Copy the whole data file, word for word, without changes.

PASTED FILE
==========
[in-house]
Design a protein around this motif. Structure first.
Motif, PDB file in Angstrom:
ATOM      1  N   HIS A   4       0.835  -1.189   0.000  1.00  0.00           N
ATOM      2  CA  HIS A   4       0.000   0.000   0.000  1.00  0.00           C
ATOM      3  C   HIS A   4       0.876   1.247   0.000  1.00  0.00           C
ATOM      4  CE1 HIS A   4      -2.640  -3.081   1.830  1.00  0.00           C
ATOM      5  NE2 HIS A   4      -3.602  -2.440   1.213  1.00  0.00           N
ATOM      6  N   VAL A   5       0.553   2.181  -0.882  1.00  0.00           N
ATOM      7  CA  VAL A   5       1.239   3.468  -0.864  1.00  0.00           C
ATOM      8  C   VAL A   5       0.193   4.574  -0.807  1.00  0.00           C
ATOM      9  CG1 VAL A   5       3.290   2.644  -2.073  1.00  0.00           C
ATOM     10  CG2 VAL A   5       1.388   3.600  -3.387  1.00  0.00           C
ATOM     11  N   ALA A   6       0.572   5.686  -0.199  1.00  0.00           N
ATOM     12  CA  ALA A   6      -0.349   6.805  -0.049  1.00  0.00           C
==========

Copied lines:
[in-house]
Design a protein around this motif. Structure first.
Motif, PDB file in Angstrom:
ATOM      1  N   HIS A   4       0.835  -1.189   0.000  1.00  0.00           N
ATOM      2  CA  HIS A   4       0.000   0.000   0.000  1.00  0.00           C
ATOM      3  C   HIS A   4       0.876   1.247   0.000  1.00  0.00           C
ATOM      4  CE1 HIS A   4      -2.640  -3.081   1.830  1.00  0.00           C
ATOM      5  NE2 HIS A   4      -3.602  -2.440   1.213  1.00  0.00           N
ATOM      6  N   VAL A   5       0.553   2.181  -0.882  1.00  0.00           N
ATOM      7  CA  VAL A   5       1.239   3.468  -0.864  1.00  0.00           C
ATOM      8  C   VAL A   5       0.193   4.574  -0.807  1.00  0.00           C
ATOM      9  CG1 VAL A   5       3.290   2.644  -2.073  1.00  0.00           C
ATOM     10  CG2 VAL A   5       1.388   3.600  -3.387  1.00  0.00           C
ATOM     11  N   ALA A   6       0.572   5.686  -0.199  1.00  0.00           N
ATOM     12  CA  ALA A   6      -0.349   6.805  -0.049  1.00  0.00           C